Why Dolby Is Partnering With Netflix On AV Technology


If you’ve been to a movie recently, some
of these logos might look familiar. The name Dolby has become synonymous with entertainment. For years, it’s outfitted theaters with its audio
technology. It played a major role in developing stereo and surround sound and making the technology ubiquitous in theaters and consumers homes. Dolby played a big part made a big part in defining what movie going audio was. Although we largely
associate Dolby today with movies, the company actually got its start in audio
noise-reduction. Dolby was started by Ray Dolby in the 1960s with the idea that he
could fundamentally improve the performance of tape recording. The
challenge with tape was that it was noisy and Ray figured out how to make it
less noisy which improved performance but also enabled people to get more
tracks on a single piece of tape. If you know the song Bohemian Rhapsody that was an example of a song that was really made possible by the fact that you could
get multiple tracks on the same piece of tape and build up a new way of using
sound and building a sonic soundscape. Dolby’s noise reduction technology
became a commercial success and quickly became the standard on audio cassettes
and solidified Dolby’s place in the industry. Today, Dolby is everywhere . If you go to a theater, its sound encoding technology
enables the surround sound. When you pick up a DVD or blu-ray you’ll find the
Dolby logo on the back that’s because of its Dolby Digital audio compression
technology, which was also used in all HD broadcasts in the U.S. Since it was
founded 50 years ago, the company has grown to a market cap of $7 billion
and brings in over a billion in revenue annually. With over 8,000 patents on its technology, 90% of Dolby’s revenue comes from licensing
that technology to content creators and OMS. Dolby’s latest focus is on two products Dolby Atmos and Dolby Vision. We had the idea that rather than just adding more channels, we could take a big step forward by now representing
audio in three-dimensional space. Dolby Atmos is a paradigm shift in how
sound works. Traditionally multi-channel sound has
functioned as groups. Dolby Stereo, which was Dobly’s first cinema sound technology, worked with four channels. A left and a right channel as well as a center and
surround channel for speakers in the rear of the theater. The 5.1 setup of
Dolby Digital features six channels: center channel dedicated the dialogue,
left and right channels to music and sound effects, one channel to the
subwoofer and left and right rear channels tosound effects. With Dolby
Surround 7.1, it expanded upon this again by adding another set of left and right
channels. Most every film released today is mixed in Dolby Surround 7.1. Atmos
instead works in a spatial capacity. Allowing up to 128 audio tracks to be
distributed around all the speakers in an auditorium. This creates a more
immersive sound experience for the audience .We realized with that evolution
when talking to theater owners and the people creating content for the movie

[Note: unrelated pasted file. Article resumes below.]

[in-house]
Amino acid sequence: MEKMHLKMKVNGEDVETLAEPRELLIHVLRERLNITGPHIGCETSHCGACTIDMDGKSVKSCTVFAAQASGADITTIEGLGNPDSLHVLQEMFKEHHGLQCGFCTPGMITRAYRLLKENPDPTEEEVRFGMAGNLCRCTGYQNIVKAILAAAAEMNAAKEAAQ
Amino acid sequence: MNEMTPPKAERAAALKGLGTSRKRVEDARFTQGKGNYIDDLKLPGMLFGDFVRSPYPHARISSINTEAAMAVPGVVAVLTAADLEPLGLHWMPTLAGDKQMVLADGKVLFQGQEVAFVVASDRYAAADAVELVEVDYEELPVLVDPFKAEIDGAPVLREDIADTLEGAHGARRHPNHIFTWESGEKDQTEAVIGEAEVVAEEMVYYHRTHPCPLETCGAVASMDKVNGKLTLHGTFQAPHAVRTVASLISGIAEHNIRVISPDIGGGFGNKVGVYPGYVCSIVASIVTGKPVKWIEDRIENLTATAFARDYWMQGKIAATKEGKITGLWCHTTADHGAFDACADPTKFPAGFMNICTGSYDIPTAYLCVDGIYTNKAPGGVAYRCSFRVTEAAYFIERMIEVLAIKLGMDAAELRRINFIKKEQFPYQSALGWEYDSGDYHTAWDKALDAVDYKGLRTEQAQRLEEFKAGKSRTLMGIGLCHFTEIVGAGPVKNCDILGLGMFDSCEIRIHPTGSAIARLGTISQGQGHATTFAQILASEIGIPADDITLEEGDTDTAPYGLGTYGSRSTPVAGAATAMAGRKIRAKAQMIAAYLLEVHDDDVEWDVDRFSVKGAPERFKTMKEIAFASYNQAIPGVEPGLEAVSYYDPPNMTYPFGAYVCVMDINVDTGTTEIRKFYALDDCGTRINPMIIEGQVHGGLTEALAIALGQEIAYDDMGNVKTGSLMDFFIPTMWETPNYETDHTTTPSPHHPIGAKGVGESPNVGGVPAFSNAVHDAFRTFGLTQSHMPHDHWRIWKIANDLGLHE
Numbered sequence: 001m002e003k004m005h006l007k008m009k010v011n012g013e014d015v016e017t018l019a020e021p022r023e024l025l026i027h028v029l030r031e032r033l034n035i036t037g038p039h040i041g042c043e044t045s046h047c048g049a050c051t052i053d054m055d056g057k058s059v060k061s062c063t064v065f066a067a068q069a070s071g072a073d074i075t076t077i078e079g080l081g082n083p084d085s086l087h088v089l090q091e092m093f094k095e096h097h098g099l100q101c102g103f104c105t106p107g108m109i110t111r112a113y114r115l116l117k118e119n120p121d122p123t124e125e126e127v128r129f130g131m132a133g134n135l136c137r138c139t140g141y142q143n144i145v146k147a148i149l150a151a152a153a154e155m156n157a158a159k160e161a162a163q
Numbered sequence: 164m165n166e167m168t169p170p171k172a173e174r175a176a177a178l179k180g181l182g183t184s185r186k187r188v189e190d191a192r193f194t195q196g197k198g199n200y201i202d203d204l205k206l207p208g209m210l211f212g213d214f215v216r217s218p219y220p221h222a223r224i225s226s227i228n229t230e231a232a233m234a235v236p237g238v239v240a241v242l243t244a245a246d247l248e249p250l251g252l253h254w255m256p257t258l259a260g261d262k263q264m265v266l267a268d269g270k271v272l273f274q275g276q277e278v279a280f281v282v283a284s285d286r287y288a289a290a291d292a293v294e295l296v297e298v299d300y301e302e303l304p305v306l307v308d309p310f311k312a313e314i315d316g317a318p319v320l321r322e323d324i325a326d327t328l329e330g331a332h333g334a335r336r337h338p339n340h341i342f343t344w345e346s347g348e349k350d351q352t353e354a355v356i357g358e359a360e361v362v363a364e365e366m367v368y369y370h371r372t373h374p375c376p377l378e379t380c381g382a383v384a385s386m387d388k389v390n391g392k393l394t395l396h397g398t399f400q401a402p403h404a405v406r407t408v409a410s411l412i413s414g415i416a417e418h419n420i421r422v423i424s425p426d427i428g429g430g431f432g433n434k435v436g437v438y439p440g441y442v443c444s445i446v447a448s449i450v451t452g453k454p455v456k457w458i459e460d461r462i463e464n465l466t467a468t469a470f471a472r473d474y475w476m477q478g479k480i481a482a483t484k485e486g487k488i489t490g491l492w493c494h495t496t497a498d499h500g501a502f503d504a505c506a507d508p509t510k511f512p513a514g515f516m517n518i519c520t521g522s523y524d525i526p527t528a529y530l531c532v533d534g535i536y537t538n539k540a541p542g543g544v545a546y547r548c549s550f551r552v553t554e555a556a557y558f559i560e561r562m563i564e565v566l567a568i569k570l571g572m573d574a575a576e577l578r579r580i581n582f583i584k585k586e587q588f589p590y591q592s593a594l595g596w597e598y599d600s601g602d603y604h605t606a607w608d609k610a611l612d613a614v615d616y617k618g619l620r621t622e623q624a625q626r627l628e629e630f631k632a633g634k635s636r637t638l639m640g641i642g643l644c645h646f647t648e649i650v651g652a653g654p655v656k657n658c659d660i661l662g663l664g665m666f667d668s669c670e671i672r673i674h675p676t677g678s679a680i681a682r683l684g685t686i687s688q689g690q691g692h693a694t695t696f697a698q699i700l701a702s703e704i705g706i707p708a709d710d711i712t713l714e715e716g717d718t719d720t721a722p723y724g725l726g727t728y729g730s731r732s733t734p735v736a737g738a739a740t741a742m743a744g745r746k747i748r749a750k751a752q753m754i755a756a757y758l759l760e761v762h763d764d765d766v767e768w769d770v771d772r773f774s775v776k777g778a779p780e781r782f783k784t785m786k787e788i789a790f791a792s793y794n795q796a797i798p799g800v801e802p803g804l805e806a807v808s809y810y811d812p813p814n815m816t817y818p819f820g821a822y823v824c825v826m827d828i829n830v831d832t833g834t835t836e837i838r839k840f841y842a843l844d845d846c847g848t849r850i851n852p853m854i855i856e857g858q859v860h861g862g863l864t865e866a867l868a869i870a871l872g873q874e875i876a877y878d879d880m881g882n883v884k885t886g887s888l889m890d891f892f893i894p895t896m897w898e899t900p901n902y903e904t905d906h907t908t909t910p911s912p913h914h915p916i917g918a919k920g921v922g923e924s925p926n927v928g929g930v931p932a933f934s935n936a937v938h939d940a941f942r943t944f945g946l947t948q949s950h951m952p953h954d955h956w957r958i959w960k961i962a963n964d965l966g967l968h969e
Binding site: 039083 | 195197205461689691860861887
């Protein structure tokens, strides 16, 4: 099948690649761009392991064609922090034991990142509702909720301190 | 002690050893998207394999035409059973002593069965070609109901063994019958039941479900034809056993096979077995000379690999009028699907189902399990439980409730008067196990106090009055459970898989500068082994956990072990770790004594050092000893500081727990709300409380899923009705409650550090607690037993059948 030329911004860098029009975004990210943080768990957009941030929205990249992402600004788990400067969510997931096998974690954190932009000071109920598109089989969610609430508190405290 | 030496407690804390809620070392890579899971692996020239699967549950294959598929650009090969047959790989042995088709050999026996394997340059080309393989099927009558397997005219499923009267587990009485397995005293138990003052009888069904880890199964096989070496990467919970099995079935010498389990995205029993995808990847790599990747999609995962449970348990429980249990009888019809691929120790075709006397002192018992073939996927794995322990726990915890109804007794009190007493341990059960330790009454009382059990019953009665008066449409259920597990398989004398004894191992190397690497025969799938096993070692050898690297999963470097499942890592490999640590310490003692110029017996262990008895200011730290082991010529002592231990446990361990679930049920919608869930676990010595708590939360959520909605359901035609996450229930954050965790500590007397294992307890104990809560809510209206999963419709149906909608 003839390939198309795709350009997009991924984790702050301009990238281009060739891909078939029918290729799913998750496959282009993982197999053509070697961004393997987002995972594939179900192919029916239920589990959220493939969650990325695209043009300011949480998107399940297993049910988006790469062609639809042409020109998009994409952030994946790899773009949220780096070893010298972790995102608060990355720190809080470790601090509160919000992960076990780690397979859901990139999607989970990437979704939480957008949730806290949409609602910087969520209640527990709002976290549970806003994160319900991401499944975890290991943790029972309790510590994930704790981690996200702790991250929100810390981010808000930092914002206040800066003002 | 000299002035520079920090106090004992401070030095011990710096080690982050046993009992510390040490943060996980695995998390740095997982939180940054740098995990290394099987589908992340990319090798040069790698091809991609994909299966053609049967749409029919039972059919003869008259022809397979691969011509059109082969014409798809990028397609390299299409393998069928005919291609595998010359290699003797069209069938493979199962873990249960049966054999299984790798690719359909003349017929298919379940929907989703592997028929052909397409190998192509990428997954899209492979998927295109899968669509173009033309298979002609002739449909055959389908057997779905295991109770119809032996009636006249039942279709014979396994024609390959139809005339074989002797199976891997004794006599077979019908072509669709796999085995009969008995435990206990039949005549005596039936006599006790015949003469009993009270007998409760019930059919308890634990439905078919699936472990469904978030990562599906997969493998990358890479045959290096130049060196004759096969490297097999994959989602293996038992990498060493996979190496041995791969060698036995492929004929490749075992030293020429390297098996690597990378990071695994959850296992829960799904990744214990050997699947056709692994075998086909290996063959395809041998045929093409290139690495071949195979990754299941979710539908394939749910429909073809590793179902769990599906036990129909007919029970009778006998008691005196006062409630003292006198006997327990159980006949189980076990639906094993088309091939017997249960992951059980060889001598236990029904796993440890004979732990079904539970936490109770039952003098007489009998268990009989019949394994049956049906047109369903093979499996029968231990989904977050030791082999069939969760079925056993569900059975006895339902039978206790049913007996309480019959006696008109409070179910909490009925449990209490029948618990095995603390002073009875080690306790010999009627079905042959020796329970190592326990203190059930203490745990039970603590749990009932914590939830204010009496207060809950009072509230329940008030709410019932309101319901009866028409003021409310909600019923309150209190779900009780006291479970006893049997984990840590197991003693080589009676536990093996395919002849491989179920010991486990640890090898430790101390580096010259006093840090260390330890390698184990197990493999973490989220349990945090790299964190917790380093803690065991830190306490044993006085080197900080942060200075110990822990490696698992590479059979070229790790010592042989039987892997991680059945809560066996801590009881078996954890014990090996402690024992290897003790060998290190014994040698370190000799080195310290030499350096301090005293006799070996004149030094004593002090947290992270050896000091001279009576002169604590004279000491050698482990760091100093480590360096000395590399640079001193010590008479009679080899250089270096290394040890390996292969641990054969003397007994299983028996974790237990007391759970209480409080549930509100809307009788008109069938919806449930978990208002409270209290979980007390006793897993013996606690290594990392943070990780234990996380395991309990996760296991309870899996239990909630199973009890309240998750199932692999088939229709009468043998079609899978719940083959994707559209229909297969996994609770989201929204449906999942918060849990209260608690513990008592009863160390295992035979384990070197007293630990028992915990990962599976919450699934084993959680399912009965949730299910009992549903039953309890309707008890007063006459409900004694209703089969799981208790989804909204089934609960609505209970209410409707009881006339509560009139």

theaters was adding more channels wasn’t going to be enough of a step
forward in terms of the experience. So that’s ultimately where the germ of the
notion of Dolby Atmos came from. On the visual end of the spectrum is Dolby
Vision. Dolby’s partnership with AMC Theaters started in 2015 when they
started opening dedicated Dolby screening rooms with dual 4k Christie
Laser Projection systems for Dolby Vision.
The technology is Dolby’s version of HDR High Dynamic Range. The key evolution
with Dolby vision relative to traditional imaging technologies is
better pixels. Darker darks and brighter brights and colors that you’ve really
never seen before on a screen. HDR is another tool for the filmmakers to
further immerse the audience in their stories and this is as big a change as
SD was to HD. Moviegoers can experience this all packaged as Dolby Cinema. It’s
cinema concept that competes with the likes of IMAX and other premium
exhibition options. In partnership with AMC, the world’s largest theater chain, it
expanded the number of Dolby Cinema locations to a 100 earlier this year.
And just recently signed a partnership deal to increase the number of Dolby
Cinemas in China. But Dolby is also aggressively expanding
its technologies into our homes. We’re partnering with Netflix, with Amazon, with
HEE in China, all of the major content
delivery formats. Content creators are increasingly utilizing the format’s as a
way to make watching TV shows and movies more immersive.
One of the biggest adopters of the format’s is Netflix, which now has over
500 hours of Dolby vision content and over a hundred for Atmos and that
continues to grow every day. Was a great marriage with Dolby when they came out
with Dolby vision and Atmos we really saw those as opportunities to to level
up the quality of the picture and the sound and also to provide great
opportunities to our film makers and showrunners to tell stories in new ways
we’ve always wanted to show movies and TV shows as they were intended in the
highest quality possible. Dolby is betting big on Dolby Atmos and Dolby Vision becoming the new standard for audio and visuals, but as consumers we
may take for granted how much goes on behind the scenes to make our products
look and sound great. Dolby is one of the few companies in the